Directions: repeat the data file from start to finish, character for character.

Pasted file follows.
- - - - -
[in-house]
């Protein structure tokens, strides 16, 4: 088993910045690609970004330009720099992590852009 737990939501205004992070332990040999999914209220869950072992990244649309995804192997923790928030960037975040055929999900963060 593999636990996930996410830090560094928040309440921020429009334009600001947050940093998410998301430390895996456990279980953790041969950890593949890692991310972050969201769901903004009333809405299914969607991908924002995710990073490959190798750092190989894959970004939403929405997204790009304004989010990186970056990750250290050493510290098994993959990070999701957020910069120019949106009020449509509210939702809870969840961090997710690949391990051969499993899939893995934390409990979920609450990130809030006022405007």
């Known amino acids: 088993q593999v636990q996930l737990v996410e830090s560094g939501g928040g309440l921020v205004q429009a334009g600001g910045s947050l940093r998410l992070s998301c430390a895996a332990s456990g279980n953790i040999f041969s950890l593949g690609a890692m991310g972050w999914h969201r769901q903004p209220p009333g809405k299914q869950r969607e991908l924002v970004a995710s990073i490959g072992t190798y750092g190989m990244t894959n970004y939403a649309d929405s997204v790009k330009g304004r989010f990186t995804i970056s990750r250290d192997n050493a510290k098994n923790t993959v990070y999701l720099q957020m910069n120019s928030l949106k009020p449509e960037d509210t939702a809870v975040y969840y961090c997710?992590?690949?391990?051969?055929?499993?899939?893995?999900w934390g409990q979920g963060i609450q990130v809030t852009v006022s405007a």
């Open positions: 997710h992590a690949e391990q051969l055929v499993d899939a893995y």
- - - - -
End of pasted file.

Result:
[in-house]
């Protein structure tokens, strides 16, 4: 088993910045690609970004330009720099992590852009 737990939501205004992070332990040999999914209220869950072992990244649309995804192997923790928030960037975040055929999900963060 593999636990996930996410830090560094928040309440921020429009334009600001947050940093998410998301430390895996456990279980953790041969950890593949890692991310972050969201769901903004009333809405299914969607991908924002995710990073490959190798750092190989894959970004939403929405997204790009304004989010990186970056990750250290050493510290098994993959990070999701957020910069120019949106009020449509509210939702809870969840961090997710690949391990051969499993899939893995934390409990979920609450990130809030006022405007």
């Known amino acids: 088993q593999v636990q996930l737990v996410e830090s560094g939501g928040g309440l921020v205004q429009a334009g600001g910045s947050l940093r998410l992070s998301c430390a895996a332990s456990g279980n953790i040999f041969s950890l593949g690609a890692m991310g972050w999914h969201r769901q903004p209220p009333g809405k299914q869950r969607e991908l924002v970004a995710s990073i490959g072992t190798y750092g190989m990244t894959n970004y939403a649309d929405s997204v790009k330009g304004r989010f990186t995804i970056s990750r250290d192997n050493a510290k098994n923790t993959v990070y999701l720099q957020m910069n120019s928030l949106k009020p449509e960037d509210t939702a809870v975040y969840y961090c997710?992590?690949?391990?051969?055929?499993?899939?893995?999900w934390g409990q979920g963060i609450q990130v809030t852009v006022s405007a």
């Open positions: 997710h992590a690949e391990q051969l055929v499993d899939a893995y």